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[ FA M I LY ]

W AY N E H U N T L E Y S R .

Grandparenting Grandparenting is grand because it is a marvelous second chance granted by God to correct mistakes and to do a better job of being what you perhaps could not or did not do as parents. hildren’s children are the crown of old men” (Proverbs 17:6). A well-known comedian once said the marked difference in discipline his parents executed with him and his children was relative to the thought that “Grandparents are old people just trying to get into Heaven.” Another grandparent was asked, “What’s it like to be a grandparent?” His response was, “Wow, they bring those little angels over on Friday and you take those devils home on Monday!” I am sure it would go without being said they definitely were not talking about my grandchildren or yours. Before I begin my thoughts on the marvelous privilege, honor, and joy of grandparenting, let me give honor to those grandparents who, due to life’s contradictions and circumstantial necessities, are serving as primary caregivers and are parenting their grandchildren. You are heroes in my eyes. May God grant you health and strength as you fulfill a most-needed role. When the exciting news came that we would be grandparents, my wife began to shop and stock our house with every possible thing a baby could need. It was as though we were the excited, expecting young couple. She said, “I want in our house everything the baby will need so all the parents have to do is drop the baby off.” There are also special toys they are not allowed to take home; they must stay at our house. Not to mention a swimming pool that I never get into unless the grandkids ask me. All the toys and attractions have method to their madness. They serve as enticements for the grandkids to want to come to our house. 24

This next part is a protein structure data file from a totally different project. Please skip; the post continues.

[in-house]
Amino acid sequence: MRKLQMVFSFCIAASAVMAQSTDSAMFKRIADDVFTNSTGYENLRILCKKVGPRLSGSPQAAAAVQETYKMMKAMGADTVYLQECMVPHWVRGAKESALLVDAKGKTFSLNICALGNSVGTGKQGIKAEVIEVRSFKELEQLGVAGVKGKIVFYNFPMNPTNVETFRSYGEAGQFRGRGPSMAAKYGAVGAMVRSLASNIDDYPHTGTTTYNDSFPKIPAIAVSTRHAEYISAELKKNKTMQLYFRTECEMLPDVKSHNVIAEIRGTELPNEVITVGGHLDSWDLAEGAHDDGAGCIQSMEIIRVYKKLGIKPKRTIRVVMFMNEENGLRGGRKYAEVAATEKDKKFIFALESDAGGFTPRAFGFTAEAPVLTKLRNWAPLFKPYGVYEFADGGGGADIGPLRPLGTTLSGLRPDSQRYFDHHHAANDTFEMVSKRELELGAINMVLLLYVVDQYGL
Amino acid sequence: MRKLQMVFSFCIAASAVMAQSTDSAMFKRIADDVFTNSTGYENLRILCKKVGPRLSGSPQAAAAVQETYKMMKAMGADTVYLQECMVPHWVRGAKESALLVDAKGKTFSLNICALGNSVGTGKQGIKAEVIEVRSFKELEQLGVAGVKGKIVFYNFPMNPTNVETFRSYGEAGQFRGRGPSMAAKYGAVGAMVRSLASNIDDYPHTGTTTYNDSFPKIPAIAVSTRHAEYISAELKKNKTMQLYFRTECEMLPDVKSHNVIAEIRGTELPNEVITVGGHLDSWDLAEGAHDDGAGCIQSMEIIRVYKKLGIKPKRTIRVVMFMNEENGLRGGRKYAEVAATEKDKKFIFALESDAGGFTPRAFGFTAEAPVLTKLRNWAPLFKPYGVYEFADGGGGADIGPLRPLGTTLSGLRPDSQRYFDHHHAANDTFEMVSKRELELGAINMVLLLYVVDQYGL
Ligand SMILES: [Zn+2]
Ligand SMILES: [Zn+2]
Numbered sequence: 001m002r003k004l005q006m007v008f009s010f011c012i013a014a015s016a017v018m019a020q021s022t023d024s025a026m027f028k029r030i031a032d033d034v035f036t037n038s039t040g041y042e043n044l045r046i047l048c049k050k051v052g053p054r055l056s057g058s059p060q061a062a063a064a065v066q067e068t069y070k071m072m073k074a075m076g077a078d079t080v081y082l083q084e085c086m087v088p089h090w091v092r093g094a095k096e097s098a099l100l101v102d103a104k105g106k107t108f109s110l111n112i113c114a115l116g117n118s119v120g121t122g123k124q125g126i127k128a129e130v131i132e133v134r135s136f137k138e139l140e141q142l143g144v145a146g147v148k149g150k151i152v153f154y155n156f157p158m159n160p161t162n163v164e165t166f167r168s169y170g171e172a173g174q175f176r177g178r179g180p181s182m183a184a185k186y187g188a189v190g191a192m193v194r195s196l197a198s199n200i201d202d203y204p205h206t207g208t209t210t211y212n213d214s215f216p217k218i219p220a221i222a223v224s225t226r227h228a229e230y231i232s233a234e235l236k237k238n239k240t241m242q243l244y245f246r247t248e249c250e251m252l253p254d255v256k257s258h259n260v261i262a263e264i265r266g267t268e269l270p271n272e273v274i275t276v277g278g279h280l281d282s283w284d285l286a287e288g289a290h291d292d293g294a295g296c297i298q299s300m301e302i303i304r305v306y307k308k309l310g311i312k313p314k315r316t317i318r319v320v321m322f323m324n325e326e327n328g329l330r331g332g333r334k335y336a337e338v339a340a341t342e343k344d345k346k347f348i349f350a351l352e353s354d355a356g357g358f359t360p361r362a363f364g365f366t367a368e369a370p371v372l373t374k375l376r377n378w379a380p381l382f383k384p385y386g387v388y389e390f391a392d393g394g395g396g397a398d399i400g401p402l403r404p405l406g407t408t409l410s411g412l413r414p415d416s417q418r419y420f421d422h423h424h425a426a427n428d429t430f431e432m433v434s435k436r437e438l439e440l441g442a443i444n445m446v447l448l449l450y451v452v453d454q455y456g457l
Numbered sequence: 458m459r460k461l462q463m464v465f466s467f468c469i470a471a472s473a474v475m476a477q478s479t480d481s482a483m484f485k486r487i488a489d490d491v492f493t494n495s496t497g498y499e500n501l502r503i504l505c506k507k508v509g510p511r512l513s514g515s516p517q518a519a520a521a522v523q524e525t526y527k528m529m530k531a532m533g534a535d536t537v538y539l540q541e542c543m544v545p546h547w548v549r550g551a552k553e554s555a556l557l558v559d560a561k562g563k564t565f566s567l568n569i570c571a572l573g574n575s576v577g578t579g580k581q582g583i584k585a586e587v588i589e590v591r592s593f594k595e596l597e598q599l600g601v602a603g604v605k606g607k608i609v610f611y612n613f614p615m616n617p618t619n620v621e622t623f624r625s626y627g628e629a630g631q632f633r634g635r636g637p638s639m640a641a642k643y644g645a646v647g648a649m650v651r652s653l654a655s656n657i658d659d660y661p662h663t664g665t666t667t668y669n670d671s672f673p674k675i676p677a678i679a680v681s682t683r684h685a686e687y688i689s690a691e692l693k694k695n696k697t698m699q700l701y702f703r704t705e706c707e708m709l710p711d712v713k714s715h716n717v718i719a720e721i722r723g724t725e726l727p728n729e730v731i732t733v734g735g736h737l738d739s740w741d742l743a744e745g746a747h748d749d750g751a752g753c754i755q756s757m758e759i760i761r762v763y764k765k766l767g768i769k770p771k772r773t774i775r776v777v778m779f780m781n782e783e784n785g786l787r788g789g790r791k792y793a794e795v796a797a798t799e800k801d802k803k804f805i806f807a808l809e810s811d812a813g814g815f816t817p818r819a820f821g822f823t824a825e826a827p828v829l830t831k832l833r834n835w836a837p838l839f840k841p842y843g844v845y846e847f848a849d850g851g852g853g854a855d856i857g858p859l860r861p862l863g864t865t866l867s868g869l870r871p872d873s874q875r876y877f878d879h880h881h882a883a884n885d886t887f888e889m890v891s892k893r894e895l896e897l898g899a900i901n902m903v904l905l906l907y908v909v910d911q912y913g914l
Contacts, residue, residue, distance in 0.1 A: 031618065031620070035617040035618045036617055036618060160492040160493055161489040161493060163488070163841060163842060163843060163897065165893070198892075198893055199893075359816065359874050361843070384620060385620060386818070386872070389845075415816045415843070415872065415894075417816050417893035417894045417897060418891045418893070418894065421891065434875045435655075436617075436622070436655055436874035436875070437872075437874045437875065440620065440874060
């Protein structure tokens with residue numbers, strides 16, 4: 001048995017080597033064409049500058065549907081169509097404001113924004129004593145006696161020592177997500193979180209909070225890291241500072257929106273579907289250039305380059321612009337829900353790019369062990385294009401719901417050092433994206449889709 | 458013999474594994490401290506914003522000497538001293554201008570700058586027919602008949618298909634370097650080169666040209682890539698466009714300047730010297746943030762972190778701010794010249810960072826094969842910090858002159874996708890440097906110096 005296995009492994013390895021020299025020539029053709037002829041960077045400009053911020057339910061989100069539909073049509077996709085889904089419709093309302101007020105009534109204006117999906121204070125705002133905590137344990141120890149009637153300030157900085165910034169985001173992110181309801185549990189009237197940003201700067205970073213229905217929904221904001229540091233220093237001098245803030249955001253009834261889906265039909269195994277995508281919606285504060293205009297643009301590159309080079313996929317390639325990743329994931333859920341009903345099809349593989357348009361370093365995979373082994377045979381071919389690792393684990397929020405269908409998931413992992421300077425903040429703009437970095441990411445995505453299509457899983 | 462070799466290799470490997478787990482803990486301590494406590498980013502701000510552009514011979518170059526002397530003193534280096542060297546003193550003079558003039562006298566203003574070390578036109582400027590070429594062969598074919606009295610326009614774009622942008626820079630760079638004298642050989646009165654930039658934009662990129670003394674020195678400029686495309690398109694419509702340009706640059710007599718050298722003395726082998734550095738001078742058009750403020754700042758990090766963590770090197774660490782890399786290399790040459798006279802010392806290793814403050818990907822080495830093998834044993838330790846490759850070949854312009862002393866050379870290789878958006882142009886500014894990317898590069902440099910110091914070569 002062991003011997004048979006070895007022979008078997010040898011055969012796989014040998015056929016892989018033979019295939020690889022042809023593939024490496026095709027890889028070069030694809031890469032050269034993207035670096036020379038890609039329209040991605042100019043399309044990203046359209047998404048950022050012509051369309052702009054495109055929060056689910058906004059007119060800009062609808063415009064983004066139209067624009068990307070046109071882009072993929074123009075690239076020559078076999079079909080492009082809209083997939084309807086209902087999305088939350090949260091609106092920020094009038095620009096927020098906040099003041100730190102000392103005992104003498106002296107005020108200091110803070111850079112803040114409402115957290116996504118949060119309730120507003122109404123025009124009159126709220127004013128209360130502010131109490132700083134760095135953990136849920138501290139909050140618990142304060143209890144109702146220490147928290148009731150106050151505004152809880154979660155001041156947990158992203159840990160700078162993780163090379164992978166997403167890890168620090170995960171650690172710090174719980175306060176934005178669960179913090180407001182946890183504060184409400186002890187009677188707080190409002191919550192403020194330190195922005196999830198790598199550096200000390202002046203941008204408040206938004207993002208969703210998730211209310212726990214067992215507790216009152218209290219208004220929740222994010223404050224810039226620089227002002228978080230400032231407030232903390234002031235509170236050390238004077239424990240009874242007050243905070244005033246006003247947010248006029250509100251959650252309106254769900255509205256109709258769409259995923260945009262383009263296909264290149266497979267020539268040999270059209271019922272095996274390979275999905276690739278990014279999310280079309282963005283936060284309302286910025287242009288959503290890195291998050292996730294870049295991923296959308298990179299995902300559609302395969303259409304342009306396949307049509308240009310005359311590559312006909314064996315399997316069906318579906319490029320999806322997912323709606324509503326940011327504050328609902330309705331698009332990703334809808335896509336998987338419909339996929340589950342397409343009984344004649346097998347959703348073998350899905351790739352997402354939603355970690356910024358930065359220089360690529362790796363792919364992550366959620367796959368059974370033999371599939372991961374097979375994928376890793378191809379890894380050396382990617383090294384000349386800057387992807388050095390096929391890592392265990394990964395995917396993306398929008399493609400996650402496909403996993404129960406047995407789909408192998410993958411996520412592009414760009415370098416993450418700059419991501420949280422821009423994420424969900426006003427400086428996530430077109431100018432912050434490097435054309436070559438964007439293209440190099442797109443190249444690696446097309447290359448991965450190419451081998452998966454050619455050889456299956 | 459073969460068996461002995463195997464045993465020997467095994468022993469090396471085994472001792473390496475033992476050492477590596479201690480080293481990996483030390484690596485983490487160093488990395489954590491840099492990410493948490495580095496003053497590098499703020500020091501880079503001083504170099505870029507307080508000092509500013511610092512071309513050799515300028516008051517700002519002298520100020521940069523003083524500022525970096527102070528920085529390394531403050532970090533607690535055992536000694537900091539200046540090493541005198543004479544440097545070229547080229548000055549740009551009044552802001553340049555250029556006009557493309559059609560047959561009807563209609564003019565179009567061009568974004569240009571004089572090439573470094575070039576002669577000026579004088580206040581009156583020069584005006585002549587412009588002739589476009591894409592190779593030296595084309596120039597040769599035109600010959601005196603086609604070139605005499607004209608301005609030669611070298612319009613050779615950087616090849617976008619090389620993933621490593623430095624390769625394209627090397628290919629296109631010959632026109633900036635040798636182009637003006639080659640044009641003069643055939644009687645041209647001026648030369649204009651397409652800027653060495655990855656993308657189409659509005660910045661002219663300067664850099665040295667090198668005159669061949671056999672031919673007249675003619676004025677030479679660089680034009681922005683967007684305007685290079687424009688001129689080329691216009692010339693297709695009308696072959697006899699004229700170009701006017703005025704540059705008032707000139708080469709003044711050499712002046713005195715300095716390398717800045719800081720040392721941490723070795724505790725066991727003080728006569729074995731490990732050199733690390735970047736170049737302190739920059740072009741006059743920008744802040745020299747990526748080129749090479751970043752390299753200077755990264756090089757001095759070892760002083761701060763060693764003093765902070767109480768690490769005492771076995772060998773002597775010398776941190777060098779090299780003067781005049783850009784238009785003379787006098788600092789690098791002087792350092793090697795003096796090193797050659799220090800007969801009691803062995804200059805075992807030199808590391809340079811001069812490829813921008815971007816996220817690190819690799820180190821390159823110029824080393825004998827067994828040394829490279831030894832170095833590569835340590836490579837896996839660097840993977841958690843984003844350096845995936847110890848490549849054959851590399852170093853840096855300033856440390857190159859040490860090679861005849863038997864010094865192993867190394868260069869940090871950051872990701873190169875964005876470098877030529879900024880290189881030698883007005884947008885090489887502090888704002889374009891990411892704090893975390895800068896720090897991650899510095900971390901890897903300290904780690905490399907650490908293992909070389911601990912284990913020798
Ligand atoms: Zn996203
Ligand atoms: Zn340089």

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We were especially blessed to become grandparents relatively young. My male ego struggled with being so young and being called papaw, poppy, or pops. We came up with titles that really described the relationship I wanted with my grandkids. I became “Grandbuddy,” and my wife became “Grammommy.” The really rewarding part was in their early childhood the grandchildren could not say Grandbuddy, so for a while I was thrilled to be called just “Buddy.” My grandchildren are blessed with the best grandparents God could ever give a child in the persons of their dad’s mom and dad, Martyn and Marcia Ballestero. They give our grandchildren a rich, regal, Apostolic heritage of impeccable integrity. It is often questioned how and why grandparents have such affection and gushing admiration for their grandchildren. I think my wife answers that by responding, “It is because they are twice yours. When you see them, you not only see the grandchild, you see your child also.” Grandparenting is grand because it is your incredibly high interest return on your investment in your children. Grandparenting is grand because it is a marvelous second chance granted by God to correct mistakes and to do a better job of being what you perhaps could not or did not do as parents. Grandparenting is grand because it is not the highly pressurized position parenting presents, but serves only as a support and positive influence to both the parents and the grandchildren. In the past couple of years we have celebrated Grandparents Day on the designated Sunday with special promotions and various activities to honor grandparents. To my delight, it has been heralded by the people of The Temple of Pentecost as one of the most enjoyed and appreciated events of our calendar year. Not to mention the undeniable response by grandparents to attend when asked by their grandchildren.